169. Telegram From the Mission at the United Nations to the Department of State1

Delga 536. Re Disarmament. Kuznetsov and Sobolev (USSR) at their request talked to Lodge and Stassen regarding disarmament at UN at 10 am January 17.

Kuznetsov said he wished to discuss four points:

Would the US clarify the reaffirmation of the Eisenhower Geneva proposals on the one hand and the reference to progressive inspection?
In a reduction to the level of 2.5 million how much air inspection and other inspection would be needed?2
What was the US opinion on the 1.5 million final level and on the USSR proposals on 1/3 reduction in Germany, reductions in Warsaw Pact and NATO Pact territory, and European aerial photography.3 USSR had noted that Ambassador Lodge’s opening statement4 had not covered these points.
The USSR was willing to consider a procedural resolution and did the US have a reaction to the Soviet resolution including the Special Assembly provision.5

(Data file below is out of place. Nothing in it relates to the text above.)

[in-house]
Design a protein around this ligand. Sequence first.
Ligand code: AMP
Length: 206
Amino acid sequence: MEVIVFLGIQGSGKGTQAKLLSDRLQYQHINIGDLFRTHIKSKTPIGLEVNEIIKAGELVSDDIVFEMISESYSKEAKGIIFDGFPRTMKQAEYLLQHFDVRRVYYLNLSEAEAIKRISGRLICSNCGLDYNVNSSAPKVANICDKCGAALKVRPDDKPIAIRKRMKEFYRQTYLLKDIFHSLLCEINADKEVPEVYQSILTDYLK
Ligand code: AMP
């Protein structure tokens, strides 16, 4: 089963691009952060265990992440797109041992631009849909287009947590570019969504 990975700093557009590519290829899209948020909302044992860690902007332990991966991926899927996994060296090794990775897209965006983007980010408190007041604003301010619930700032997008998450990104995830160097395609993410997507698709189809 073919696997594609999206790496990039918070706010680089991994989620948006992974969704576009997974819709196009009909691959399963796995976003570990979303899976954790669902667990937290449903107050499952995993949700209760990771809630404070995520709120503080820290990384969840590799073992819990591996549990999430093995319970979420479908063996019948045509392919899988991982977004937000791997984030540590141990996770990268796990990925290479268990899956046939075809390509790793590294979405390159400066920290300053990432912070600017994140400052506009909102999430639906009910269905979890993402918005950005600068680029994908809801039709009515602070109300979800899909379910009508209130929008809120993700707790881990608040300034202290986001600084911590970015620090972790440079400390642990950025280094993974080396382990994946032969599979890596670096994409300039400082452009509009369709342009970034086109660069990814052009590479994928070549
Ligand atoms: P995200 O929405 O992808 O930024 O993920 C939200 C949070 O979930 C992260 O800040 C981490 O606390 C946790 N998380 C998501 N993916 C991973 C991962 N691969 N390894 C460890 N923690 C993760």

Lodge responded that he would ask Stassen to comment on the first three and he would cover the resolution.

Stassen stated with reference to (1) That the US continued to be willing to implement the complete Eisenhower Geneva proposal as a first step, but US did not insist that this must be an exclusive gateway. If an agreement could be reached on adequate inspection for some other first step, this would be considered. The US continued to believe that a comprehensive inspection system must include an aerial component.

(2) The inspection system could be progressively installed concurrent with first step reductions to two and a half million measurement. Precise method of progressive installation was a matter of technical agreement involving military experts. US did not have a rigid pattern in mind.